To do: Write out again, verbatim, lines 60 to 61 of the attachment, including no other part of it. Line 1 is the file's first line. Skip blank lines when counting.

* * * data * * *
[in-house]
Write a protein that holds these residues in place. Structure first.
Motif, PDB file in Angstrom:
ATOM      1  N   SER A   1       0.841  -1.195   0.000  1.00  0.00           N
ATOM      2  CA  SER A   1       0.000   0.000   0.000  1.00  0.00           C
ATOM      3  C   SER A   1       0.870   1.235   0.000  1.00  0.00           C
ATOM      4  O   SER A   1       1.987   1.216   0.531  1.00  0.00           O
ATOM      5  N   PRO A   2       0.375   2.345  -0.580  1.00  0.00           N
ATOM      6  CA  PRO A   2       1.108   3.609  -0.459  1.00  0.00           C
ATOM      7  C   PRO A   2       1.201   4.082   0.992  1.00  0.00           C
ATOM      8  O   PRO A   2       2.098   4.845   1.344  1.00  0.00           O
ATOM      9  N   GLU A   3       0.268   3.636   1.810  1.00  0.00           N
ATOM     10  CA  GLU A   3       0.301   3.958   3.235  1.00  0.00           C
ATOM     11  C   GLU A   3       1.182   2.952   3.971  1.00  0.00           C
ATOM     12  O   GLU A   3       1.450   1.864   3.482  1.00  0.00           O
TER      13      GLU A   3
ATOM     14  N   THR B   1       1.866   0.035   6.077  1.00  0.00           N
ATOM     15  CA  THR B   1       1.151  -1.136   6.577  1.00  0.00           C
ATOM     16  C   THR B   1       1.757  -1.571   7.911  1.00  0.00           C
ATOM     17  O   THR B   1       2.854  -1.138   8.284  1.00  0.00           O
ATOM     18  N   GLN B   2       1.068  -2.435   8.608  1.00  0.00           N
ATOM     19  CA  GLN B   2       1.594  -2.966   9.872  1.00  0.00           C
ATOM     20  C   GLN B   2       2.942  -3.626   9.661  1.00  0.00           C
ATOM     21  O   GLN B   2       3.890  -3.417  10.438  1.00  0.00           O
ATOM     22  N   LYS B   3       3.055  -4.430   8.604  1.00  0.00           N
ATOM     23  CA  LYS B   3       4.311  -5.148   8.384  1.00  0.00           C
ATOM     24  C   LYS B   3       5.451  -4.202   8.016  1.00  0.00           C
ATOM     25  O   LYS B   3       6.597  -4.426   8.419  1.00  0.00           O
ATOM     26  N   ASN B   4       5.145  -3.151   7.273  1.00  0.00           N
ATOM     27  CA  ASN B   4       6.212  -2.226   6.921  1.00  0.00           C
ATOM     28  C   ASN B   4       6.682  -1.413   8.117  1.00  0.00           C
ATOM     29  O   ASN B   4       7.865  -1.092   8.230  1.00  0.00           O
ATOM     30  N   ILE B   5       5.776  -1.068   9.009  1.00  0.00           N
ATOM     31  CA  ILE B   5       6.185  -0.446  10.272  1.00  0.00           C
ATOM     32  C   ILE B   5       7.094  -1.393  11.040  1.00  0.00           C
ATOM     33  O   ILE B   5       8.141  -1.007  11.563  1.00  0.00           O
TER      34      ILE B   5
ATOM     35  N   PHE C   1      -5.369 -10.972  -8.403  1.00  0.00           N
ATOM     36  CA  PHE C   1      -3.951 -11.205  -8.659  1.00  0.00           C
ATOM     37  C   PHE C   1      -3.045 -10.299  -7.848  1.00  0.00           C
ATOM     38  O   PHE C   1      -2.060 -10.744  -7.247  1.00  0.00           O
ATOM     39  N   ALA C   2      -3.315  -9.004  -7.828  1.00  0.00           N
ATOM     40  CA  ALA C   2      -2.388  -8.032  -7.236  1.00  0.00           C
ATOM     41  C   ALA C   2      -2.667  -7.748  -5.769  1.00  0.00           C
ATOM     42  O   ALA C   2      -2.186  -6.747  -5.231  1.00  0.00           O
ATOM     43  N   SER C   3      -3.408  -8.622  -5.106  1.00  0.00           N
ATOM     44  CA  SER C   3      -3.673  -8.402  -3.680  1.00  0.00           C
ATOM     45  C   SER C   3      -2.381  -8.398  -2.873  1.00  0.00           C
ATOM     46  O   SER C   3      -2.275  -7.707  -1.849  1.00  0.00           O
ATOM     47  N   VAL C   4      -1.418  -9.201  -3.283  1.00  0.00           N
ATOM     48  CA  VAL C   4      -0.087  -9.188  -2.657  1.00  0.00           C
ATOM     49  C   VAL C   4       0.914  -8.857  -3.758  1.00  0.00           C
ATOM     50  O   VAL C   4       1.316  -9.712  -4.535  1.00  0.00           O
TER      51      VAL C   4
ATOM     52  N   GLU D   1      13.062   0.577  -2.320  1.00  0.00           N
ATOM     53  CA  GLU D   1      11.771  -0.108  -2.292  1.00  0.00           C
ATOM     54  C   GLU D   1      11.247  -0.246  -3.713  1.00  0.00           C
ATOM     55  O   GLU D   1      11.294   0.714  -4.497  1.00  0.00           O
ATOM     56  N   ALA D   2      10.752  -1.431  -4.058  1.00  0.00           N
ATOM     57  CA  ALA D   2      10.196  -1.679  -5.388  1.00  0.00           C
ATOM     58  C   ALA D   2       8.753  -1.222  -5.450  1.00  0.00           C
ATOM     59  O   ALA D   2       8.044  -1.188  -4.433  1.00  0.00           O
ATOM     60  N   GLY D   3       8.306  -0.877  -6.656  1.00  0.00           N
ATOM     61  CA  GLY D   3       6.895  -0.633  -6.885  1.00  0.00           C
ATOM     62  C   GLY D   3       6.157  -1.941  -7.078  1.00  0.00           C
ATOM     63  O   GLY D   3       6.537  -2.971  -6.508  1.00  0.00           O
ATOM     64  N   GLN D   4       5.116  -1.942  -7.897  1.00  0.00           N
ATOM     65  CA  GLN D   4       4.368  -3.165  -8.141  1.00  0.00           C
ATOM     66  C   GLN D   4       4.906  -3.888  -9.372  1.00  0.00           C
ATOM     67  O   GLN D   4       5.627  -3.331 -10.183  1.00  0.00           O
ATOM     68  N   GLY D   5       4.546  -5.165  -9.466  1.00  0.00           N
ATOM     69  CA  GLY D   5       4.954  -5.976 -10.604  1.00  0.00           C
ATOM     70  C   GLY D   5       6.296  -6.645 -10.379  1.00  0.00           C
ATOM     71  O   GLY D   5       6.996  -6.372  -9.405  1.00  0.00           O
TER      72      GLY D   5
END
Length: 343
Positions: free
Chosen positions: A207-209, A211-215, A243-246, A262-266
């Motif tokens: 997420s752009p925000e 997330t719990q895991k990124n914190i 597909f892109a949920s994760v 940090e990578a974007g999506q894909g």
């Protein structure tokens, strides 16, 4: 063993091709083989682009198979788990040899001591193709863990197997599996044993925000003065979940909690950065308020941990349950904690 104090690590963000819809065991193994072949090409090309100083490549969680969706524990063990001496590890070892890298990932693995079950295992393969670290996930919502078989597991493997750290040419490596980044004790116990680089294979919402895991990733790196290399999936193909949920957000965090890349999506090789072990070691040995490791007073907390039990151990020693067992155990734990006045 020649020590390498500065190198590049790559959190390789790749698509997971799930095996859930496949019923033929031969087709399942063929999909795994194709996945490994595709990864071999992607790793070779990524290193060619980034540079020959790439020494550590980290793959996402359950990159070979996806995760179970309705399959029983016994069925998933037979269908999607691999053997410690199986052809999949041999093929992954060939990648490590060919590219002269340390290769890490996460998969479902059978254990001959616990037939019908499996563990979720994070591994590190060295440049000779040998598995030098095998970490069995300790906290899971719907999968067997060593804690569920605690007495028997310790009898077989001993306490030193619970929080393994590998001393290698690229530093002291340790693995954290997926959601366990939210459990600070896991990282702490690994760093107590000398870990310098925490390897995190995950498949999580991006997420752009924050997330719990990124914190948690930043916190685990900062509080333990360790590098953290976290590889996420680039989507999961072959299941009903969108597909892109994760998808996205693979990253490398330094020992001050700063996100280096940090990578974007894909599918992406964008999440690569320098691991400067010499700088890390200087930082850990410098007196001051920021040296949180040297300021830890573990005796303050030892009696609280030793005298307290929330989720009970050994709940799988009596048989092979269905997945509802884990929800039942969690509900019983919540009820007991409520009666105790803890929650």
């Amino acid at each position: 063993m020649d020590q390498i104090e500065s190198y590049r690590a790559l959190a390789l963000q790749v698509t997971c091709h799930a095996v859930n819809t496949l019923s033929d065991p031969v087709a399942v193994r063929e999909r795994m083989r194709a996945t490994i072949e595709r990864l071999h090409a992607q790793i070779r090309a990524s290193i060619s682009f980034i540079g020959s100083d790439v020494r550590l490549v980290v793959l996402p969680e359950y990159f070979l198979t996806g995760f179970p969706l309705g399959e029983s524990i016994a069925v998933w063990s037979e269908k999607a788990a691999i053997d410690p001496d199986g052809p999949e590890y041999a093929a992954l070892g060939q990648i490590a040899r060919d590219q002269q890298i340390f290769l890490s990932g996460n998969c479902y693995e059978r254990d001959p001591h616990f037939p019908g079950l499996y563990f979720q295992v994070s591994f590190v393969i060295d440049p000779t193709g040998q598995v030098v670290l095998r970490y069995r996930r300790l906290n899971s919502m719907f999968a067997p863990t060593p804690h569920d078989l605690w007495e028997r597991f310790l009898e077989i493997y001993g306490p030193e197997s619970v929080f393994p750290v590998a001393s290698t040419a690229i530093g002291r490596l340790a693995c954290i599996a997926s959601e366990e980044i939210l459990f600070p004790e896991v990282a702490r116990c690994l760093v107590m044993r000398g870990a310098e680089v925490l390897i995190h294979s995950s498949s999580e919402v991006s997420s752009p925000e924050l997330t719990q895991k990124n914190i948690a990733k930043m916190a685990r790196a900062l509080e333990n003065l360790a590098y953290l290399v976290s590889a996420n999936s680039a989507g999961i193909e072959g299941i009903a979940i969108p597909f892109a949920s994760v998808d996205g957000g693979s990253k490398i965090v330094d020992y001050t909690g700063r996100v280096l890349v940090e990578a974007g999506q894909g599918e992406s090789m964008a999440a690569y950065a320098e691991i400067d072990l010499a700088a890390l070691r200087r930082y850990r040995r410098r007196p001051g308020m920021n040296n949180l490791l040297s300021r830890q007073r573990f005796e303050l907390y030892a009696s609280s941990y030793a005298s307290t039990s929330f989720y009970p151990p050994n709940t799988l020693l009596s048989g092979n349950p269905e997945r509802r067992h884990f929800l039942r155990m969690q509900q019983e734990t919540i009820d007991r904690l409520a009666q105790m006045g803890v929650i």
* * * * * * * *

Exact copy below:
ATOM     57  CA  ALA D   2      10.196  -1.679  -5.388  1.00  0.00           C
ATOM     58  C   ALA D   2       8.753  -1.222  -5.450  1.00  0.00           C